Heathrow starts thermal imaging trials
By Bev Fearis, published 20/05/20
Trials of temperature screening technology start tomorrow (Thursday) at Heathrow to help detect passengers with COVID-19.
Cameras to monitor the temperatures of people moving through the airport will initially be positioned in the immigration halls of Terminal 2.
If successful, the technology will be rolled out to departures, connections and staff search areas.
The trials will study medical effectiveness, passenger response and suitability to the airport environment.
Data will be shared with government and industry to jumpstart the creation of a Common International Standard for health screening of air travellers.
It is hoped the thermal imaging technology could reduce the need for arriving passengers to quarantine for 14 days.
Other measures being reviewed by Heathrow are UV sanitation, which could be used to quickly and efficiently sanitise security trays, and contact-free security screening equipment to reduce person-to-person contact.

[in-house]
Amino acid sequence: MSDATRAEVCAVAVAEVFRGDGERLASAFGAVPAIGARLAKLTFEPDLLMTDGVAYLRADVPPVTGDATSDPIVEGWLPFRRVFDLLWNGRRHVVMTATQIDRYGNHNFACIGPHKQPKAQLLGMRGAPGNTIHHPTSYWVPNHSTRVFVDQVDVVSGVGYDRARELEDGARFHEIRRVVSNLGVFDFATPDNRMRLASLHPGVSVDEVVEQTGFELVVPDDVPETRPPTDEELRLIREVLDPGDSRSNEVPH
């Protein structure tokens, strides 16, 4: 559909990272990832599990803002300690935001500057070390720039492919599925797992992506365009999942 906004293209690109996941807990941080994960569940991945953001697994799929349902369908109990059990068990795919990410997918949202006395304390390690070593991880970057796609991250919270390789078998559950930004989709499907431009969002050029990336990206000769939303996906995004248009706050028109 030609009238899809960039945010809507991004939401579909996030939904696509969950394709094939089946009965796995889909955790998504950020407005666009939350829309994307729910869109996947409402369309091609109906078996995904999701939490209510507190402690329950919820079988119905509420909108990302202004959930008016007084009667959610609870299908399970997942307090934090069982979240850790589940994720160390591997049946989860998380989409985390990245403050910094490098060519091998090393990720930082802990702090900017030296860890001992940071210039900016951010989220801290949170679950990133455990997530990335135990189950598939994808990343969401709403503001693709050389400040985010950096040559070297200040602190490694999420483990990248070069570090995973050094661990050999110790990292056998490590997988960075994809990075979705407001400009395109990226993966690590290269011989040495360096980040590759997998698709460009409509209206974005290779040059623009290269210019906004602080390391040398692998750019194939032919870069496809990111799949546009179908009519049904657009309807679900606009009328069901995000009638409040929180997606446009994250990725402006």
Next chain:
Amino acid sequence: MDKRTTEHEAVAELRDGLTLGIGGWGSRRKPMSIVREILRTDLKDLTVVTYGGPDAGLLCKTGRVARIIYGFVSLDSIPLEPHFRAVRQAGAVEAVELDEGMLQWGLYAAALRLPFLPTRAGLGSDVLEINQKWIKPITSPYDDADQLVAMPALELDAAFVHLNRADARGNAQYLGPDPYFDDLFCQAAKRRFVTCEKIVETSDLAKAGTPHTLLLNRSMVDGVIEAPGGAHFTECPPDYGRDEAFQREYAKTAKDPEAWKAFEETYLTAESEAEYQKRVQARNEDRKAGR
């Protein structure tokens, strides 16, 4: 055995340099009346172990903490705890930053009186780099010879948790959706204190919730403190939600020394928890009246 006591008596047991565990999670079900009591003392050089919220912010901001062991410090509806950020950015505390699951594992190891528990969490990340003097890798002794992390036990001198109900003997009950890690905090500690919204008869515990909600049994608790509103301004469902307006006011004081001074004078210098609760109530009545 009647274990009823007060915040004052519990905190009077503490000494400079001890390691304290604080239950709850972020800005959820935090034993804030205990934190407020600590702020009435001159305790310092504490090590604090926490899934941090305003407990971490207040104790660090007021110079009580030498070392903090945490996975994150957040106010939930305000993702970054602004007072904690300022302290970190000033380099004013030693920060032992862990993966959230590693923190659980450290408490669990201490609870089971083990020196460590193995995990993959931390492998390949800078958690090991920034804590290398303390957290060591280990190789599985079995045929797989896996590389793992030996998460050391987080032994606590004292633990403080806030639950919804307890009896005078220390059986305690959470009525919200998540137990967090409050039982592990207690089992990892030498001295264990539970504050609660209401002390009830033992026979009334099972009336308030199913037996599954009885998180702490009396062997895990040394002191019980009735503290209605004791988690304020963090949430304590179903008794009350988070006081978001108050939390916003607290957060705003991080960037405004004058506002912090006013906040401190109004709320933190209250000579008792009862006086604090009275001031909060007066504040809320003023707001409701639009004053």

The airport has already installed over 600 hand sanitiser dispensers and has stepped up its cleaning procedures.
Currently only Heathrow Terminals 2 and 5 remain open, but on a significantly scaled down basis.
Heathrow has seen a 90% reduction in passenger numbers since the start of the outbreak but a rise of over 1000% in cargo-only flights per week.
Around 41% of the UK’s pharmaceutical products such as medicines, vaccines and respirators, are imported via Heathrow.